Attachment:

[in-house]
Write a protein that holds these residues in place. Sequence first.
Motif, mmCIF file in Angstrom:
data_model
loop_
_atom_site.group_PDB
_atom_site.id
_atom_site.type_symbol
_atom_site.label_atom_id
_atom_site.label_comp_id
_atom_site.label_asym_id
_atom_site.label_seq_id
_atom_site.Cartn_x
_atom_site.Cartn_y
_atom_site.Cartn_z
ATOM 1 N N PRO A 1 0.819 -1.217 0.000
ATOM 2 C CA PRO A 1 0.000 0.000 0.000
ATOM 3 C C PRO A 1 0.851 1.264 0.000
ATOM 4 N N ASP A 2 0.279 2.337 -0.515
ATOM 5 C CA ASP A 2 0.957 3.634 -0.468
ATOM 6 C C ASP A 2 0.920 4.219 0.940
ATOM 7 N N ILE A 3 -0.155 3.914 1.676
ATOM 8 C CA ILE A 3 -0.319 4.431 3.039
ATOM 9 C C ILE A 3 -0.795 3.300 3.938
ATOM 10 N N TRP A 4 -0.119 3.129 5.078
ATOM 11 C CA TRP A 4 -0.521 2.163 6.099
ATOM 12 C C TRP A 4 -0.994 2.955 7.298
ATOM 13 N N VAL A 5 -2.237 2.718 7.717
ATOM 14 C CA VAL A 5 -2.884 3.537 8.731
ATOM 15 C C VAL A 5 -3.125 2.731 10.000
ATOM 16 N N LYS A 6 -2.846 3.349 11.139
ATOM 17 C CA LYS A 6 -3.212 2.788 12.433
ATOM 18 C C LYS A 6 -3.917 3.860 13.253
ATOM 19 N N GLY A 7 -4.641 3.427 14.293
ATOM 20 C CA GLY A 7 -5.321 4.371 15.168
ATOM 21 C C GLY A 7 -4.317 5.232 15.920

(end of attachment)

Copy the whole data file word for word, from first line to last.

[in-house]
Write a protein that holds these residues in place. Sequence first.
Motif, mmCIF file in Angstrom:
data_model
loop_
_atom_site.group_PDB
_atom_site.id
_atom_site.type_symbol
_atom_site.label_atom_id
_atom_site.label_comp_id
_atom_site.label_asym_id
_atom_site.label_seq_id
_atom_site.Cartn_x
_atom_site.Cartn_y
_atom_site.Cartn_z
ATOM 1 N N PRO A 1 0.819 -1.217 0.000
ATOM 2 C CA PRO A 1 0.000 0.000 0.000
ATOM 3 C C PRO A 1 0.851 1.264 0.000
ATOM 4 N N ASP A 2 0.279 2.337 -0.515
ATOM 5 C CA ASP A 2 0.957 3.634 -0.468
ATOM 6 C C ASP A 2 0.920 4.219 0.940
ATOM 7 N N ILE A 3 -0.155 3.914 1.676
ATOM 8 C CA ILE A 3 -0.319 4.431 3.039
ATOM 9 C C ILE A 3 -0.795 3.300 3.938
ATOM 10 N N TRP A 4 -0.119 3.129 5.078
ATOM 11 C CA TRP A 4 -0.521 2.163 6.099
ATOM 12 C C TRP A 4 -0.994 2.955 7.298
ATOM 13 N N VAL A 5 -2.237 2.718 7.717
ATOM 14 C CA VAL A 5 -2.884 3.537 8.731
ATOM 15 C C VAL A 5 -3.125 2.731 10.000
ATOM 16 N N LYS A 6 -2.846 3.349 11.139
ATOM 17 C CA LYS A 6 -3.212 2.788 12.433
ATOM 18 C C LYS A 6 -3.917 3.860 13.253
ATOM 19 N N GLY A 7 -4.641 3.427 14.293
ATOM 20 C CA GLY A 7 -5.321 4.371 15.168
ATOM 21 C C GLY A 7 -4.317 5.232 15.920